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Discussion Starter · #1 ·
Hi all,

I'm going to be setting up a 75 gallon tank soon (assuming the patch took this time). And I'm a little nervous about the cycling process, I've seen so many different approaches - and some that are just completely conflicting.

I see people saying their cycling without fish, just using food - then I see people say this is a bad idea. Anyway, I am just hoping for some definitive, time tested approaches to cycling.

Here's some background - it's going to be a tropical community tank and in the end I hope to have a larger amount of small fish versus fewer large fish. And I want to cycle with fish that I intend to keep in the tank. I was thinking danios...?

Anyway - if you can point me to some resources, or if you have case specific feedback - I would appreciate it.

My other HUGE question is - based upon the size of the tank (again, 75g) - how many fish do I add at what intervals to ensure their are enough fish to cycle the tank, but not so many to stress the fish.

THANK YOU!

Eric
 

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Add a few fish to start, maybe one school of whatever type you know you want. Also see if you can get your hands on some dirty filter floss from an established tank and put that in your filter.
Test your ammonia levels and after a couple weeks test your nitrite levels, after approx 6 or 8 weeks both will have spiked and will fall to near if not zero, then you are ready for more fish.
There are also commercial products such as Hagen's "Cycle" that will kick start things and add the bacteria that you need as well.
 

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cycling with fish is animal cruelty.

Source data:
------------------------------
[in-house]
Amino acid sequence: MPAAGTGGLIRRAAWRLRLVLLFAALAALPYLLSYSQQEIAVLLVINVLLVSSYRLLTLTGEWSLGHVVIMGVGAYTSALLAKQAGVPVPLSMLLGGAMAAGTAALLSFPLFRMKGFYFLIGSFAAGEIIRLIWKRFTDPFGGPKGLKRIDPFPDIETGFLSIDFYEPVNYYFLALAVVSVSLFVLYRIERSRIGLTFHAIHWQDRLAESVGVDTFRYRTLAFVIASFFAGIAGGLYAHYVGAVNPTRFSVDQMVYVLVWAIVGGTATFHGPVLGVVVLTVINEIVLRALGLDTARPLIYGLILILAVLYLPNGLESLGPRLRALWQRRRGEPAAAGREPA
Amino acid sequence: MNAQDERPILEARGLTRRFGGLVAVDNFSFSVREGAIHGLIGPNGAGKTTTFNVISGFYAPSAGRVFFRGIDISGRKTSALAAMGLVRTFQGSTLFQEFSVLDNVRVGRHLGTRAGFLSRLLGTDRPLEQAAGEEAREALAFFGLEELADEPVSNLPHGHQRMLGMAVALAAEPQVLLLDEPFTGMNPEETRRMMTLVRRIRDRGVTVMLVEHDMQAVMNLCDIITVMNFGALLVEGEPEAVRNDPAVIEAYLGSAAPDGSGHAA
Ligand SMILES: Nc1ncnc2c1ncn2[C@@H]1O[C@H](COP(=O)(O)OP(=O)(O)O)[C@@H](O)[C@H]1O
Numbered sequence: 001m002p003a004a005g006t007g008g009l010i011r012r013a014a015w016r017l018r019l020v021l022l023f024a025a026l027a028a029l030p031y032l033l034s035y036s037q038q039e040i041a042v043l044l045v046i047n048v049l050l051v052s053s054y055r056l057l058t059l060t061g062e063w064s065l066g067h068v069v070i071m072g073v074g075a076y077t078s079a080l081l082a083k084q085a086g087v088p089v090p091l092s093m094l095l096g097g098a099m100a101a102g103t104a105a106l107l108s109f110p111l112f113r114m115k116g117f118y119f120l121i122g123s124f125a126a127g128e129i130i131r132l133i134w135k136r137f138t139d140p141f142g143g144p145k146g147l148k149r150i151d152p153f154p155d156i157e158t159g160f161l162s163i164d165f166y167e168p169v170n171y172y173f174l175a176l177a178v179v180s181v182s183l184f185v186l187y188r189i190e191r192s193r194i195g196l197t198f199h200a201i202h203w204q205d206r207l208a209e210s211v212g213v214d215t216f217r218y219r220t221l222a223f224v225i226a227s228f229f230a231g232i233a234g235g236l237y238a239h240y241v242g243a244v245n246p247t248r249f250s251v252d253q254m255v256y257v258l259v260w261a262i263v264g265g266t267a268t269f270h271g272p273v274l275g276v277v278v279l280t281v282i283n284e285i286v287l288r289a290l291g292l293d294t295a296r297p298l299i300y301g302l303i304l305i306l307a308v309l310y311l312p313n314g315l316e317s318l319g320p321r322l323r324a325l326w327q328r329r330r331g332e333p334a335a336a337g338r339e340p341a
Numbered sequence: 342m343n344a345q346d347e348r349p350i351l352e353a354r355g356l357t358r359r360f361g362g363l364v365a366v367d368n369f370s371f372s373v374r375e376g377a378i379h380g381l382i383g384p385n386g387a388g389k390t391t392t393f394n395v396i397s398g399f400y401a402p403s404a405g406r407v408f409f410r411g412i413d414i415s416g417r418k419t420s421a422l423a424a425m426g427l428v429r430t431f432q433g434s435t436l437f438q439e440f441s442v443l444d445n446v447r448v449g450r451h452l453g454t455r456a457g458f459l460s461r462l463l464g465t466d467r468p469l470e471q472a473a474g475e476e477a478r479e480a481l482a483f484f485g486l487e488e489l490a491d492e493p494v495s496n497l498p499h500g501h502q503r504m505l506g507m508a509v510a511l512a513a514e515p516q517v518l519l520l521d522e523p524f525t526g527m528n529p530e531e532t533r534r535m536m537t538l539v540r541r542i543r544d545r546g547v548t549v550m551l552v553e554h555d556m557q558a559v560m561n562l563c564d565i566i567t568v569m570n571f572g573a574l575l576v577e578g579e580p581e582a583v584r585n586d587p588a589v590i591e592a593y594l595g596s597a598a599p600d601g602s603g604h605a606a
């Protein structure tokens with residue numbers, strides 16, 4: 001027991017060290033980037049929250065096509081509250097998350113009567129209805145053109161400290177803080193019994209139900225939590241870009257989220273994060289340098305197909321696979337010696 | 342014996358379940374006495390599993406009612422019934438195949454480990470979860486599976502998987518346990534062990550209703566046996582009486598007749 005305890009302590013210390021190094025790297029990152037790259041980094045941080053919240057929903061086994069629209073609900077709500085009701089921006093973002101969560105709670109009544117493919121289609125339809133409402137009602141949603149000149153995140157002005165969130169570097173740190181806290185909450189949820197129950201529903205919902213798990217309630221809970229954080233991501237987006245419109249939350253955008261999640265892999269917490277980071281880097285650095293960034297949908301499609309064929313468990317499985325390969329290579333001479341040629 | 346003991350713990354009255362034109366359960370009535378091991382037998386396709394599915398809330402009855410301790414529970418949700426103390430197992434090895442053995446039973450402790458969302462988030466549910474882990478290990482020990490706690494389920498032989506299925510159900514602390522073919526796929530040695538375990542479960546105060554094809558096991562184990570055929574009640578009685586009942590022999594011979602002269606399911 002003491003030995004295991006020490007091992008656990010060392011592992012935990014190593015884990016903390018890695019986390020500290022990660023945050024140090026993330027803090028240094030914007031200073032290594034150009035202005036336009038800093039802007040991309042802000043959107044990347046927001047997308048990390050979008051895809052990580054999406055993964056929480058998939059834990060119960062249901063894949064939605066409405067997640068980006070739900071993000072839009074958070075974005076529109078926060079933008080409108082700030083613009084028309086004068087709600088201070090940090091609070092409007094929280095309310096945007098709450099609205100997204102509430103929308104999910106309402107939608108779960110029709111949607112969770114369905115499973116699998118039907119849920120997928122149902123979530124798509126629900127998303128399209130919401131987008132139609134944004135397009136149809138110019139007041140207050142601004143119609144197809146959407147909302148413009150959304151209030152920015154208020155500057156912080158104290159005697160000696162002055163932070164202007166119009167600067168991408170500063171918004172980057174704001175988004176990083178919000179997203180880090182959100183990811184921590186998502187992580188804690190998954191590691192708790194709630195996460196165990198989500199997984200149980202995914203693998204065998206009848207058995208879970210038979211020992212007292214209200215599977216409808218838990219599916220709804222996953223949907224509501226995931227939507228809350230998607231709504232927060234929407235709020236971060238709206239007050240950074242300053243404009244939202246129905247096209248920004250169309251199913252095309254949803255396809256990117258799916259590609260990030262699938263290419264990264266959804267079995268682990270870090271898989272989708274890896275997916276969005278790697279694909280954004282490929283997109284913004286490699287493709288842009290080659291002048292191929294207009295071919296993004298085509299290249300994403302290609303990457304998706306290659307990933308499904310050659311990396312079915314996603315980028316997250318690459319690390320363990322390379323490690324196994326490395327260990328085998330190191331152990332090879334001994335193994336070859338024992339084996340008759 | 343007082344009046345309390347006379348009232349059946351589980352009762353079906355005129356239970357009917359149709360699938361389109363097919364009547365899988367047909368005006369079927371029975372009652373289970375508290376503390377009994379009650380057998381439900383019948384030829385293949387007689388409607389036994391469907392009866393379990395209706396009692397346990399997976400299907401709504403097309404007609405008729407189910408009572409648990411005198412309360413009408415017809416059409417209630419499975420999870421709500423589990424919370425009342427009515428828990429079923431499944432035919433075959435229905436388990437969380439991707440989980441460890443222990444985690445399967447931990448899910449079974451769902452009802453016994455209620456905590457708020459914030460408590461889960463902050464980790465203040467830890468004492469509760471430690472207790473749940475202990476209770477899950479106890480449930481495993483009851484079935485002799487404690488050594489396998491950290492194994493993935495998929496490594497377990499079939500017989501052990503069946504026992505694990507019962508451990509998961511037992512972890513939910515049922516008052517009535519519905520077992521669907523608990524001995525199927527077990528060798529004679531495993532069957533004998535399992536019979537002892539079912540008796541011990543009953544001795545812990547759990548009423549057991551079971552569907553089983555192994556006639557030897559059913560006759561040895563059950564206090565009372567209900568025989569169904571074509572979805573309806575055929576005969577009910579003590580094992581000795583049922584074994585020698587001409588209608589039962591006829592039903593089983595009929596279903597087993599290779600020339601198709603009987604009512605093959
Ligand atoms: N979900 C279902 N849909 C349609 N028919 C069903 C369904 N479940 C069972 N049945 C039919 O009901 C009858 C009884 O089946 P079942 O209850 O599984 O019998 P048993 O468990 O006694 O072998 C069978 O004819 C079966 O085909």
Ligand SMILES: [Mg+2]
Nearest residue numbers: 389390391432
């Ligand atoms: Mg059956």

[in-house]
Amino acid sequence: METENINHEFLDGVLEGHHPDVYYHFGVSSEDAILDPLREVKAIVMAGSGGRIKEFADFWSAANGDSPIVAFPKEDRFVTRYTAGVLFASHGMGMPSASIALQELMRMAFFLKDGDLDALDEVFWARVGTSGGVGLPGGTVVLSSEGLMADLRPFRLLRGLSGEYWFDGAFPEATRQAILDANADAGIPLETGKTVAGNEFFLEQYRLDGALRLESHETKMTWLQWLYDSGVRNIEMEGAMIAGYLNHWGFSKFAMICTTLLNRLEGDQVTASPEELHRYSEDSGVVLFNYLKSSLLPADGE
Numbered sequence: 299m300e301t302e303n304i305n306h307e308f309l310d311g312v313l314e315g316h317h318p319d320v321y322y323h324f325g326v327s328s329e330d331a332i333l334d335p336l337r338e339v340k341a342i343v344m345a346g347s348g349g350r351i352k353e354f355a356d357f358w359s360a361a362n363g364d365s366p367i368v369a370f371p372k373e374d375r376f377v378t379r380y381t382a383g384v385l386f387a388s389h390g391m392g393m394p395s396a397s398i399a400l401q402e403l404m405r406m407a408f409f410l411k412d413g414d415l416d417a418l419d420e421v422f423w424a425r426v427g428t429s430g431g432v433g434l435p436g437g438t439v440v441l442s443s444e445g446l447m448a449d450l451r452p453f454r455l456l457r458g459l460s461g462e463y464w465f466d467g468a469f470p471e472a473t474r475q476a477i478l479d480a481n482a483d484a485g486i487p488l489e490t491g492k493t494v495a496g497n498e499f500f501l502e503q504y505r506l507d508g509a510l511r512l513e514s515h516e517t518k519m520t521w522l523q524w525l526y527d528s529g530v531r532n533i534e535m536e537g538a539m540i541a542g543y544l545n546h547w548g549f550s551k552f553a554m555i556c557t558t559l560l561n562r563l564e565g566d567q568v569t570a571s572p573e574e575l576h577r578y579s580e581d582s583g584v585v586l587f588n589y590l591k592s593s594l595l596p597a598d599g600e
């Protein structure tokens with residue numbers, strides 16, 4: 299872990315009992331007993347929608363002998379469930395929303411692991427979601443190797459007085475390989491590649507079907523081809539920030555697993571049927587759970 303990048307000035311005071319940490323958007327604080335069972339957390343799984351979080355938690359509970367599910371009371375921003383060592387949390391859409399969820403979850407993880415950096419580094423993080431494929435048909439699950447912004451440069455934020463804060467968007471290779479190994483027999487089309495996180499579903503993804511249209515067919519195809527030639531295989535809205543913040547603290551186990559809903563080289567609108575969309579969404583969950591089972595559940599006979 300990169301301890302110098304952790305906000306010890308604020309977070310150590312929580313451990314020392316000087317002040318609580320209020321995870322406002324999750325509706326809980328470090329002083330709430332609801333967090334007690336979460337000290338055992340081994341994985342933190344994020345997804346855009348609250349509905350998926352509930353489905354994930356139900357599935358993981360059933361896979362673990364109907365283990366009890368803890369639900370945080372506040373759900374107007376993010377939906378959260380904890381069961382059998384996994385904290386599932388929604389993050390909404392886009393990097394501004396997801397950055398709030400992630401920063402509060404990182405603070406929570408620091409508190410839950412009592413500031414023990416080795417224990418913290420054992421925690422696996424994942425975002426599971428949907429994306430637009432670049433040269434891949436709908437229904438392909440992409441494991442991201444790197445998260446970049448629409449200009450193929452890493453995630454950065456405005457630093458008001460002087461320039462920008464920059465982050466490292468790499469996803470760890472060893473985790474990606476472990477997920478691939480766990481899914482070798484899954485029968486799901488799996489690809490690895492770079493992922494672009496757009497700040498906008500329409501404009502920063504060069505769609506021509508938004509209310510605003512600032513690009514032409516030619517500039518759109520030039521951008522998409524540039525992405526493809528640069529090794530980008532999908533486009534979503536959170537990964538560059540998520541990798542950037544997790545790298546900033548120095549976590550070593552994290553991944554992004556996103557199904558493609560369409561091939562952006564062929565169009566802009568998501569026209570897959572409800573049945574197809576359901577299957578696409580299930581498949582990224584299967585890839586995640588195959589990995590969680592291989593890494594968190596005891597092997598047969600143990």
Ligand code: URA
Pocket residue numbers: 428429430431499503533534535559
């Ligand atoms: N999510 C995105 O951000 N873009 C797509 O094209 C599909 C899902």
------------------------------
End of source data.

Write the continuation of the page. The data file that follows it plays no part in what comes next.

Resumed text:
don't cycle with food either. it could release high amounts of phosphates into the water.
the best way to cycle is to put in a bunch of plants at 1 time and put in some sort of ammonia source. the tank will be cycled in 2-4 weeks.
u could put in a piece of raw fish or shrimp from the suermarket to get an ammonia source.
a great place to learn more is fishlore.com but currently the site's down.
 

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From original post:

I "cycle" my new tanks by simply filling the tank with a mix of fast growing plants (anacharis, vals) and slow growers (small potted crypts, swords). then let the tank set for a week to establish the plants and have the plants condition the water. I then add 1male platy for each 10g of tank and not add any food for a week. then add female platys and start feeding 1 flake/fish/day.

What happens is the plants consume ammonia and carbon dioxide directly while returning oxygen. So ammonia and nitrIte spikes are almost totally eliminated. So the fish never experience any stress.

I also use some peat moss when I want tetras (like neons) in the tank. That seems to keep kh and gh values (hardness) low.


I also use no mechanical filters or circulation not even an air stone.